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25 September 2020

282: Peak public affairs? No, there is much more to come

With government announcements on COVID continuing to come thick and fast, the need for political engagement has never been more important. But the idea that we have reached peak public affairs is wrong. There will be even more need for good political engagement advice in future.

Writing in PR Week, Editor-in-chief Danny Rogers, suggested that despite the darkening mood, there is growing evidence that corporate affairs is reaching its peak influence. Highlighting evidence from in-house and consultancies, Rogers shows that there is a growing importance of corporate and public affairs.

I would go further and suggest that public affairs is likely to only grow further in importance. This means that any organisation should be thinking about its strategy, its team (in-house or consultancy support) and the resources available to it.

Why is public affairs only likely to rise in importance?

  1. The rise of corporate affairs issues – as Rogers discusses in his article, there are a number of issues that require the attention of corporate affairs teams. The knock-on from this is that, handled well, these issues should be considered by the public affairs team as well. The real damage to an organisation is inflicted by political intervention – new regulations, legislation, adverse political comment etc. So the more that organisations need to respond to defend their reputations, the more that public affairs is needed.
  2. COVID-19 is going nowhere – it seems that we have at least six more months of semi-lockdown, or varying states of lockdown across the whole of the UK, with the economic implications that it brings. Whilst Westminster has tried to take charge of many of the support mechanisms being offered, the devolved nations too have their own plans and procedures in place. So whether the focus is on Westminster, Holyrood, Cardiff or Belfast, the issue is one of the need for engagement to shape the support on offer.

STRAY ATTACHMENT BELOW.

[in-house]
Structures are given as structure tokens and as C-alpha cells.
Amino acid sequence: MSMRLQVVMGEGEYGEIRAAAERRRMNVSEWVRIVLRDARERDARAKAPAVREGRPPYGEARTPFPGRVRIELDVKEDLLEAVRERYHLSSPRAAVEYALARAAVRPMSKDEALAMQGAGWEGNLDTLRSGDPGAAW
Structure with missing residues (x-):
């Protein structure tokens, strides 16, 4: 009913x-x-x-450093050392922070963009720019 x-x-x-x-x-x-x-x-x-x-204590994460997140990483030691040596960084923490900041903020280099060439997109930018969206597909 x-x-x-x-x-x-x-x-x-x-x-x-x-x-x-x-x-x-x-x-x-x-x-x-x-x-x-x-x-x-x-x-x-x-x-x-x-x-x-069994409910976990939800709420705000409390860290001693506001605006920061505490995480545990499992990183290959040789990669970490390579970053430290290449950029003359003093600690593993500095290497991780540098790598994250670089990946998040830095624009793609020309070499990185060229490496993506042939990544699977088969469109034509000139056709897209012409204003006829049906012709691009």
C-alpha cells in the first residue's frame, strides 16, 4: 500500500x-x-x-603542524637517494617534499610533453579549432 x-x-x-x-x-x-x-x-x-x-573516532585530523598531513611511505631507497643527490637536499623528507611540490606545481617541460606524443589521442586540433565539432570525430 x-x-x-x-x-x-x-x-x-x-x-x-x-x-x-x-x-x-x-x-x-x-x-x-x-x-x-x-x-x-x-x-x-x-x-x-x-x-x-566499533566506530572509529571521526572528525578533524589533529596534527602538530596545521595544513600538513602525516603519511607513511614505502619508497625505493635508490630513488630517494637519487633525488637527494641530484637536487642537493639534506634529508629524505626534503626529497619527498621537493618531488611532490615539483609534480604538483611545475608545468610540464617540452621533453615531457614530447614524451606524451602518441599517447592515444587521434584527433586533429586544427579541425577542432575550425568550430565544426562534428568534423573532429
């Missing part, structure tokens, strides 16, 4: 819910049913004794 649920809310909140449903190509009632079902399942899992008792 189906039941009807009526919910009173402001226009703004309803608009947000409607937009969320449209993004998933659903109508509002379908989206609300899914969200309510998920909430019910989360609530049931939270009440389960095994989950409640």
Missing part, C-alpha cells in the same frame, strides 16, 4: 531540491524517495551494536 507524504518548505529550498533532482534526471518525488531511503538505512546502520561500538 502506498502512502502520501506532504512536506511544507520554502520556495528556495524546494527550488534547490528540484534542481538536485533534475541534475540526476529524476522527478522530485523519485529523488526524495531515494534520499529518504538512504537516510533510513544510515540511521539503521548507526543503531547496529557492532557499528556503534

3. Not all sectors are the same – the type of help needed is not universal but needs to be crafted to suit the circumstances. That can only happen with engagements with politicians but also officials and advisers. They need to hear from organisations as well as trade / representative bodies if they are to really understand the issues and support needed. This will not end simply when the threat of COVID-19 starts to fade.
  4. Future government agenda – in recent weeks the Government has been trying to move beyond COVID-19 to map out some other policies. Unfortunately they are finding this quite challenging. But it will get more of an opportunity to show what a Johnson-led Government really looks like sometime soon(ish). Their 2019 manifesto wasn’t brimming with ideas and what policies it did contain were quite embryonic. So it will need help in mapping out a more policy-rich future to enable it to fight the next General Election on a platform of delivery. We may start to see some of that future platform emerging during the forthcoming virtual party conference.
  5. The rise of effective opposition – as Keir Starmer moves beyond pulling his new team together, the party will start to develop its own policy positions and further distinguish itself from the Corbyn era and its own 2019 manifesto. The same could be said for the Lib Dems as well as they try to re-establish themselves. That is to say nothing of all the elections due in 2021, in Scotland and for mayoralties, which all require the development of manifestos. Again, public affairs activity will be needed.

So public affairs really needs to be taken increasingly seriously in the coming months. There is no sign of a peak just an ever steeper climb requiring increased effort.

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